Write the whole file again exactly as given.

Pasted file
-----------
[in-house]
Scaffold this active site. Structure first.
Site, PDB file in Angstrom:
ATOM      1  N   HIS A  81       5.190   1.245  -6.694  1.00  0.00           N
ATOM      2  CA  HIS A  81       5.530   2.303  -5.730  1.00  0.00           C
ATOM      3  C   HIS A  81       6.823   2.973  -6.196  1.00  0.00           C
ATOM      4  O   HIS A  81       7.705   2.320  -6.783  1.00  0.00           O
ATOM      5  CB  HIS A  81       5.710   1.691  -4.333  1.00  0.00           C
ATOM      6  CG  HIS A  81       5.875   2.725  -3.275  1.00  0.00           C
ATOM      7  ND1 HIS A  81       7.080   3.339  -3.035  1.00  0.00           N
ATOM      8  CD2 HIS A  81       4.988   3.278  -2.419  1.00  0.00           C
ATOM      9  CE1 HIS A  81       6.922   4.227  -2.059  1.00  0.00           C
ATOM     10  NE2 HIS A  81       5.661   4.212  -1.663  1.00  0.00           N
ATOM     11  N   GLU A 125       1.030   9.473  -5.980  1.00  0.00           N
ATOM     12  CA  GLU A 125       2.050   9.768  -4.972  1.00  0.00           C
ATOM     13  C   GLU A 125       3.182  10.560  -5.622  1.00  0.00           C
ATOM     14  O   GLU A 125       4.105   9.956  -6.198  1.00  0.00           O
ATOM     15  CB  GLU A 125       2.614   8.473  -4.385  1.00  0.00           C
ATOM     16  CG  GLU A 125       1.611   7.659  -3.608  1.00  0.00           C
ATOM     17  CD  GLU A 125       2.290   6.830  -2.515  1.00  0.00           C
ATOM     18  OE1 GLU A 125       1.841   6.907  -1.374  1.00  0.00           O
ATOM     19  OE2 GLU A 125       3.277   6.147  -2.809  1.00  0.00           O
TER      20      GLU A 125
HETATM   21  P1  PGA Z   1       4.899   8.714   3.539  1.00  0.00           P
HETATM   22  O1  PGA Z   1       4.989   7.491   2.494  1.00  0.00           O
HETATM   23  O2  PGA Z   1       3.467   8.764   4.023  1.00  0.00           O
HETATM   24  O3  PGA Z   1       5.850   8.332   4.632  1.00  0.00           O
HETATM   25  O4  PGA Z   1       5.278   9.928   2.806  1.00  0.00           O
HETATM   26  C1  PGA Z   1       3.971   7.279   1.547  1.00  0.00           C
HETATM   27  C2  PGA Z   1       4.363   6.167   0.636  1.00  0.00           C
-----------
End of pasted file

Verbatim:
[in-house]
Scaffold this active site. Structure first.
Site, PDB file in Angstrom:
ATOM      1  N   HIS A  81       5.190   1.245  -6.694  1.00  0.00           N
ATOM      2  CA  HIS A  81       5.530   2.303  -5.730  1.00  0.00           C
ATOM      3  C   HIS A  81       6.823   2.973  -6.196  1.00  0.00           C
ATOM      4  O   HIS A  81       7.705   2.320  -6.783  1.00  0.00           O
ATOM      5  CB  HIS A  81       5.710   1.691  -4.333  1.00  0.00           C
ATOM      6  CG  HIS A  81       5.875   2.725  -3.275  1.00  0.00           C
ATOM      7  ND1 HIS A  81       7.080   3.339  -3.035  1.00  0.00           N
ATOM      8  CD2 HIS A  81       4.988   3.278  -2.419  1.00  0.00           C
ATOM      9  CE1 HIS A  81       6.922   4.227  -2.059  1.00  0.00           C
ATOM     10  NE2 HIS A  81       5.661   4.212  -1.663  1.00  0.00           N
ATOM     11  N   GLU A 125       1.030   9.473  -5.980  1.00  0.00           N
ATOM     12  CA  GLU A 125       2.050   9.768  -4.972  1.00  0.00           C
ATOM     13  C   GLU A 125       3.182  10.560  -5.622  1.00  0.00           C
ATOM     14  O   GLU A 125       4.105   9.956  -6.198  1.00  0.00           O
ATOM     15  CB  GLU A 125       2.614   8.473  -4.385  1.00  0.00           C
ATOM     16  CG  GLU A 125       1.611   7.659  -3.608  1.00  0.00           C
ATOM     17  CD  GLU A 125       2.290   6.830  -2.515  1.00  0.00           C
ATOM     18  OE1 GLU A 125       1.841   6.907  -1.374  1.00  0.00           O
ATOM     19  OE2 GLU A 125       3.277   6.147  -2.809  1.00  0.00           O
TER      20      GLU A 125
HETATM   21  P1  PGA Z   1       4.899   8.714   3.539  1.00  0.00           P
HETATM   22  O1  PGA Z   1       4.989   7.491   2.494  1.00  0.00           O
HETATM   23  O2  PGA Z   1       3.467   8.764   4.023  1.00  0.00           O
HETATM   24  O3  PGA Z   1       5.850   8.332   4.632  1.00  0.00           O
HETATM   25  O4  PGA Z   1       5.278   9.928   2.806  1.00  0.00           O
HETATM   26  C1  PGA Z   1       3.971   7.279   1.547  1.00  0.00           C
HETATM   27  C2  PGA Z   1       4.363   6.167   0.636  1.00  0.00           C